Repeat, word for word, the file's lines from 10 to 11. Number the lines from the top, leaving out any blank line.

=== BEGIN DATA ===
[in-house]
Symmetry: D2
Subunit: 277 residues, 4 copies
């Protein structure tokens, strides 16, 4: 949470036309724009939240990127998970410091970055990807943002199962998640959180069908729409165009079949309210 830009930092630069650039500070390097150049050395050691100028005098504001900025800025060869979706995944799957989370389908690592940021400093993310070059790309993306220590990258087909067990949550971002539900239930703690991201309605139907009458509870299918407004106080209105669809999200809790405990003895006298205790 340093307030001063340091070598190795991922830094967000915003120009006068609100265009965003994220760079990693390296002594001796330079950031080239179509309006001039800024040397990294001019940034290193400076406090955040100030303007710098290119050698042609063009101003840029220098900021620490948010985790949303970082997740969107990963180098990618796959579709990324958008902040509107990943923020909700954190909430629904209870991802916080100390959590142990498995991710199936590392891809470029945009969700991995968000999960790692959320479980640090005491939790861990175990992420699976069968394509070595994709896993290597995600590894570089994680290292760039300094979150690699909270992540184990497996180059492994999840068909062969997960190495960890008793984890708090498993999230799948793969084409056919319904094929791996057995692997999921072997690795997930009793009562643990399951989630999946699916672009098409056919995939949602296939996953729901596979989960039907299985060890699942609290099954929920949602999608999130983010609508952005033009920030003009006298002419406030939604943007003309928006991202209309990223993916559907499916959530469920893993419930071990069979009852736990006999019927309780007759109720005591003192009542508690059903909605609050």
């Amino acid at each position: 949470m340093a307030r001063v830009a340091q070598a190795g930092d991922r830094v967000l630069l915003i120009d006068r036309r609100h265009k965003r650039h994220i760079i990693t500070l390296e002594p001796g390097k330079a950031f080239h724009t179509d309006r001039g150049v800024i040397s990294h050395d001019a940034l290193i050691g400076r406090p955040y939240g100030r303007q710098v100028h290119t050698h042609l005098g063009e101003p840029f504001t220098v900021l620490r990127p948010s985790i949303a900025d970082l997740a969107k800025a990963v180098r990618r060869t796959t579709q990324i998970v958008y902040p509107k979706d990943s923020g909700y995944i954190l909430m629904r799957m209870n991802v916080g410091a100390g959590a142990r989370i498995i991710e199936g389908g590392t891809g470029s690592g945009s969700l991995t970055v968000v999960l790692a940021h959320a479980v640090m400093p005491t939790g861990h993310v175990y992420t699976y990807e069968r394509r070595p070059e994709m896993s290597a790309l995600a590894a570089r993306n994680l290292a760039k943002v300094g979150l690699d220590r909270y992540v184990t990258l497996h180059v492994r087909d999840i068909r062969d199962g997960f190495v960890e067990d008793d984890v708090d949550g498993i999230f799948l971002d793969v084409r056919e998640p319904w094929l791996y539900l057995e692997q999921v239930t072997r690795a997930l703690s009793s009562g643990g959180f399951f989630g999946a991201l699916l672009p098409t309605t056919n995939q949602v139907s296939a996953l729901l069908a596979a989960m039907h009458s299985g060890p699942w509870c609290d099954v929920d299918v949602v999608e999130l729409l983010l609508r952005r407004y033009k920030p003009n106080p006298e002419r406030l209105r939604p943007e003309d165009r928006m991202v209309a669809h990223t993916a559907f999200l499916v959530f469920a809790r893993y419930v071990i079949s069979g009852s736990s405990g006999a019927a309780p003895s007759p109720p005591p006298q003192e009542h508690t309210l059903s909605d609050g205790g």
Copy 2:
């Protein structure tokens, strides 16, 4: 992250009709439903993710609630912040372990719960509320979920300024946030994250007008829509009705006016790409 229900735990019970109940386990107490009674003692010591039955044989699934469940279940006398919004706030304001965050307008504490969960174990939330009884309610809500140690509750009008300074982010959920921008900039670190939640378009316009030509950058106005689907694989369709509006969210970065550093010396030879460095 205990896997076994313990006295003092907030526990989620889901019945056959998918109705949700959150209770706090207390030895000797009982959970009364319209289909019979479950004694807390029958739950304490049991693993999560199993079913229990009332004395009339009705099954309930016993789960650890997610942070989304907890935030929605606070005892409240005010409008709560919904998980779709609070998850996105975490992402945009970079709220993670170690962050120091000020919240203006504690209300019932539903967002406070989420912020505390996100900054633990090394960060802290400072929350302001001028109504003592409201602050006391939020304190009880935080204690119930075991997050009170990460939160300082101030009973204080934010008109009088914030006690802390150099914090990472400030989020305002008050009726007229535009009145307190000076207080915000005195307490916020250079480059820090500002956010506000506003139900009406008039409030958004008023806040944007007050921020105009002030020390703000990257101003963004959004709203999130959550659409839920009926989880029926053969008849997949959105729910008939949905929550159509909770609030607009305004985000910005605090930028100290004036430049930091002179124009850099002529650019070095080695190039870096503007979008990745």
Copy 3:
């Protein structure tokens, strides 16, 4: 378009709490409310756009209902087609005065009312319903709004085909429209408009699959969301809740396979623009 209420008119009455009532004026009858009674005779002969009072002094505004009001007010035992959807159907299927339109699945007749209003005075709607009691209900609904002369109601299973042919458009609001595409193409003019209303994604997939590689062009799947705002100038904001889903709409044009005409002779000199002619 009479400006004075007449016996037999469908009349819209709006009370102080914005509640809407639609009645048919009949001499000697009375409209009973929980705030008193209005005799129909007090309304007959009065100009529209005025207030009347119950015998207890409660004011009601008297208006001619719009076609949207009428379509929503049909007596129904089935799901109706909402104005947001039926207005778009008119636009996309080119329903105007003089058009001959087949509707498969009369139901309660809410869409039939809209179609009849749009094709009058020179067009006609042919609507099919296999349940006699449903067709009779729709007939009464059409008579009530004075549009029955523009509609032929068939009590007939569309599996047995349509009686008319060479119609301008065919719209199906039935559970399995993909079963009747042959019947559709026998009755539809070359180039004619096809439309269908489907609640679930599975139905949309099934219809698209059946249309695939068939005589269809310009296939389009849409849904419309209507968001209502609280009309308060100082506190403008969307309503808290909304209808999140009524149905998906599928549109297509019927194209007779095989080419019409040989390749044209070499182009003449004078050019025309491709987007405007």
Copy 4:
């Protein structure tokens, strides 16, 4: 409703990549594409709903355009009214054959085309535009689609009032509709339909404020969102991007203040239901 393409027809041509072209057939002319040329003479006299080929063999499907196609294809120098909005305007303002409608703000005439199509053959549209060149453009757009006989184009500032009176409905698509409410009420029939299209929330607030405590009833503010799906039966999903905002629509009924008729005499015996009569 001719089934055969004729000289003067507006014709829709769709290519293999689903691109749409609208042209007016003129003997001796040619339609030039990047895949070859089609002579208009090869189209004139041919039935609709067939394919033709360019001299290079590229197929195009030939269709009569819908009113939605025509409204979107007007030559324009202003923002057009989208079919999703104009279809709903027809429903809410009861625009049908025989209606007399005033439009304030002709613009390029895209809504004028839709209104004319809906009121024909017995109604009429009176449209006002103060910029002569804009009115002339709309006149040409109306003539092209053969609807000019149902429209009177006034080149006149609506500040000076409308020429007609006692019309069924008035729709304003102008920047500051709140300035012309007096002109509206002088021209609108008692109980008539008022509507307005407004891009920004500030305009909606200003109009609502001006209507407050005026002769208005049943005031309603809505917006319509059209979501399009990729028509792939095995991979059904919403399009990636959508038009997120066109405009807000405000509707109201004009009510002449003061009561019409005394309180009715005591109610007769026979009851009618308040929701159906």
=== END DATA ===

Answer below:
Copy 4:
């Protein structure tokens, strides 16, 4: 409703990549594409709903355009009214054959085309535009689609009032509709339909404020969102991007203040239901 393409027809041509072209057939002319040329003479006299080929063999499907196609294809120098909005305007303002409608703000005439199509053959549209060149453009757009006989184009500032009176409905698509409410009420029939299209929330607030405590009833503010799906039966999903905002629509009924008729005499015996009569 001719089934055969004729000289003067507006014709829709769709290519293999689903691109749409609208042209007016003129003997001796040619339609030039990047895949070859089609002579208009090869189209004139041919039935609709067939394919033709360019001299290079590229197929195009030939269709009569819908009113939605025509409204979107007007030559324009202003923002057009989208079919999703104009279809709903027809429903809410009861625009049908025989209606007399005033439009304030002709613009390029895209809504004028839709209104004319809906009121024909017995109604009429009176449209006002103060910029002569804009009115002339709309006149040409109306003539092209053969609807000019149902429209009177006034080149006149609506500040000076409308020429007609006692019309069924008035729709304003102008920047500051709140300035012309007096002109509206002088021209609108008692109980008539008022509507307005407004891009920004500030305009909606200003109009609502001006209507407050005026002769208005049943005031309603809505917006319509059209979501399009990729028509792939095995991979059904919403399009990636959508038009997120066109405009807000405000509707109201004009009510002449003061009561019409005394309180009715005591109610007769026979009851009618308040929701159906």